Future Cities Catapult competition jump-starts urban innovations for the ‘Internet of Things’

(Magdanatka/Shutterstock.com)

A competition in the United Kingdom aims to help London solve urban challenges by harnessing arrays of internet-connected devices, what the tech industry likes to call the “Internet of Things” or IoT. Future Cities Catapult, a government-supported urban innovation centre, has awarded £50,000 (US$62,000) to six startups, the organization announced last week.

With the aid of wireless sensors, the IoT tethers the Internet to the wider world, allowing your refrigerator, for example, to tell you when you need to pick up milk or bread at the store. When applied to cities, the concept could have potentially profound impacts on the way traffic congestion, air quality, street lighting and other systems are managed.

The six finalists envision applications that range from flood prevention and noise reduction to enhancing the safety of London cyclists and helping government agencies better utilize building space.

The startups will divide the proceeds, with some winners receiving a maximum £10,000. The money would be used to design and deploy connected devices for Things Connected, a platform in London launched in September 2016.

Things Connected is strictly a testbed for the latest advancements. Ideas that show promise could be launched on various commercial networks in London and across the UK.

Details about the winners:

  • London’s BuggyAir plans to offer real-time updates on cyclist and pedestrian exposure to pollutants.
  • Exeter’s KloudKeeper specializes in technology that aids with rainwater capture and reuse to reduce demand and mitigate floods.
  • Edinburgh-based Beringar would test sensors that identify unallocated and underused space within the UK’s National Health Service. The solution could lower costs and improve patient care, the startup says.
  • In partnership with a citywide cycling campaign, Joyride Technologies of London would use public Wi-Fi, tracking devices and analytics to evaluate the biking patterns of families. The data would inform infrastructure planning.
  • Foster +Partners of London wants to tackle noise pollution. It would arm citizens with stats on noise levels in their neighbourhoods so they can avoid the loudest streets and construction sites.
  • Cambridge’s Nymbly has designed an air-quality management app for the workplace. It features measurements on individual rooms. The app can aid building owners with decisions on when to upgrade ventilation systems, replace filters and make other adjustments.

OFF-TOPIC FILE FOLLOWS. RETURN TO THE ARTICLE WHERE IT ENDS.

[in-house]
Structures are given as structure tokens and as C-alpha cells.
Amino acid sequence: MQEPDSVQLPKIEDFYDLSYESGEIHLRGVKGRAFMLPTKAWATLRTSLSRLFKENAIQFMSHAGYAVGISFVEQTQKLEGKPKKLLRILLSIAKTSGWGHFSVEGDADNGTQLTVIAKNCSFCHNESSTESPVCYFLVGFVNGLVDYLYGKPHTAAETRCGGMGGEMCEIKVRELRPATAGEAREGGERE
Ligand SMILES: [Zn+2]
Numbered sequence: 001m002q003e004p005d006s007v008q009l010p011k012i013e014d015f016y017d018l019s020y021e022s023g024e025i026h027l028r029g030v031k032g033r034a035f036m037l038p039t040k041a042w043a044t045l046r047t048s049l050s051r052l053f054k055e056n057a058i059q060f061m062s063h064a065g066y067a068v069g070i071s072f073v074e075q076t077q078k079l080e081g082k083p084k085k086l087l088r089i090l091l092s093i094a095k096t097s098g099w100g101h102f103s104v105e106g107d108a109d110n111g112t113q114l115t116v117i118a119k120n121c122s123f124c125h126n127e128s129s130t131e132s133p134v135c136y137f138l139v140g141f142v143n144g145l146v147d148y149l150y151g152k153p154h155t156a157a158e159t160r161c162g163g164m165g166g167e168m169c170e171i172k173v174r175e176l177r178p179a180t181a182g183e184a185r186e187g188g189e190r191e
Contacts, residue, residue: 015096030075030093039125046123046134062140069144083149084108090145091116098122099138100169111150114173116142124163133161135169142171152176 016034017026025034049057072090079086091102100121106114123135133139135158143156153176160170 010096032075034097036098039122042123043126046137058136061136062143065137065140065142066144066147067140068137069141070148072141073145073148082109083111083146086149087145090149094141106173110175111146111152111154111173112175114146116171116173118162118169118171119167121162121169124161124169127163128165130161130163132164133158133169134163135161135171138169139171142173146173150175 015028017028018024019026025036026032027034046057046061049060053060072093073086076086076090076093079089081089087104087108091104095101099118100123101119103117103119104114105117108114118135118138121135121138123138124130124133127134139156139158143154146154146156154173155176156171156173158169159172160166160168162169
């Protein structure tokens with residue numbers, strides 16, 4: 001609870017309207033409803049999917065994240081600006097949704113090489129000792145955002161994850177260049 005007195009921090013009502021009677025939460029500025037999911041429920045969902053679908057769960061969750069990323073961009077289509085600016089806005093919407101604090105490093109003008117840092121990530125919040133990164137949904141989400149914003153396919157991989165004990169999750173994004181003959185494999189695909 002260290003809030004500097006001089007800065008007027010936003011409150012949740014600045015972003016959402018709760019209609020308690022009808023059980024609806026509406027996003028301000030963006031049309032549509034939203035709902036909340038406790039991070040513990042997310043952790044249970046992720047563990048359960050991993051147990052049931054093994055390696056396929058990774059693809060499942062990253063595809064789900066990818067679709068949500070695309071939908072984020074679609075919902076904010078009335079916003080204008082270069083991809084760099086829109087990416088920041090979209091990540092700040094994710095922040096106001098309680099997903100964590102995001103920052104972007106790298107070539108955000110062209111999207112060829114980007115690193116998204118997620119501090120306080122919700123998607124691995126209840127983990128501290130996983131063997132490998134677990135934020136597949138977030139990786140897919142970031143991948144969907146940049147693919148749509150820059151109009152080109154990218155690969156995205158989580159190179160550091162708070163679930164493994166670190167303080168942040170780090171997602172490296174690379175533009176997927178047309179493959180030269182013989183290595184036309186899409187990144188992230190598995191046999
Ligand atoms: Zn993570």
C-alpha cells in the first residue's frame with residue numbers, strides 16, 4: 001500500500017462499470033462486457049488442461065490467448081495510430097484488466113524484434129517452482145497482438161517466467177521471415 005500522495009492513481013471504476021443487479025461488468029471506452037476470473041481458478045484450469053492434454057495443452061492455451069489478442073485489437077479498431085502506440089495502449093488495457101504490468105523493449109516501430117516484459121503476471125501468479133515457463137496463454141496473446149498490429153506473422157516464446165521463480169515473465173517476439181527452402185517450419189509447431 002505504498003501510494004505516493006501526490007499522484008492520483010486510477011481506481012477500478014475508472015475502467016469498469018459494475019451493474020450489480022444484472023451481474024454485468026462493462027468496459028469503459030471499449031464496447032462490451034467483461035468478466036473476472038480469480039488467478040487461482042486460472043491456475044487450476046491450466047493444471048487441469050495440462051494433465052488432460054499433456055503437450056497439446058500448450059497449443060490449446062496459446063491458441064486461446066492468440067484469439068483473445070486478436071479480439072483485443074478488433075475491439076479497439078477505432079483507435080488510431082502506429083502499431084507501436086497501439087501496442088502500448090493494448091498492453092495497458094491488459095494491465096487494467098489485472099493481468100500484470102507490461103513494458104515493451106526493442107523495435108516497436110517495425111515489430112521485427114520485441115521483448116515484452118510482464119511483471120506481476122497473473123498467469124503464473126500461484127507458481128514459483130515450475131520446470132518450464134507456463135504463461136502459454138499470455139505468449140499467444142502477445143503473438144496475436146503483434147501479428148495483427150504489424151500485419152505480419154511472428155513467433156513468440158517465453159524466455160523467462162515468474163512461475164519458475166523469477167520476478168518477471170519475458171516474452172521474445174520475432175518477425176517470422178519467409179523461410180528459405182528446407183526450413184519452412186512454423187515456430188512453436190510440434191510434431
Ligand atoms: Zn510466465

Future Cities Catapult emphasizes that tech companies have ample incentive to help London and other places explore the commercial rollout of connected solutions. The UK’s current marketplace for these technologies, now valued at £13.3 billion (US$16.6 billion), is expected to grow about 50 percent to £20 billion (US$25 billion) by the end of 2018, it notes.

[See: How Future Cities Catapult is catalyzing the ‘smart city’ market in the UK and beyond]

Other municipalities to launch IoT networks include Barcelona, where the technology helps the city monitor everything from public transit to waste management, according to Harvard University’s Data-Smart City Solutions initiative.

Songdo, South Korea, a futuristic metropolis built from scratch with the help of Cisco, features cutting-edge innovations woven into the original design.

Another example is Chicago, where an Array of Things uses sensors to collect real-time, location-based data for public consumption and research. Likened to a “fitness tracker for the city,” the network gathers intelligence on weather, air quality, traffic and other essentials that is disseminated on Plenario, Chicago’s open data platform.

Future Cities Catapult has partnered with several organizations on Things Connected, including BT, Everynet, Beecham Research, Imperial College London, King’s College London, UCL and Queen Mary University of London.

Learn more about Future Cities Catapult and its Urban Innovation Centre, a collaborative hub for businesses, academics, city leaders and entrepreneurs, here and here.

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David Hatch is a correspondent for Citiscope.  Full bio

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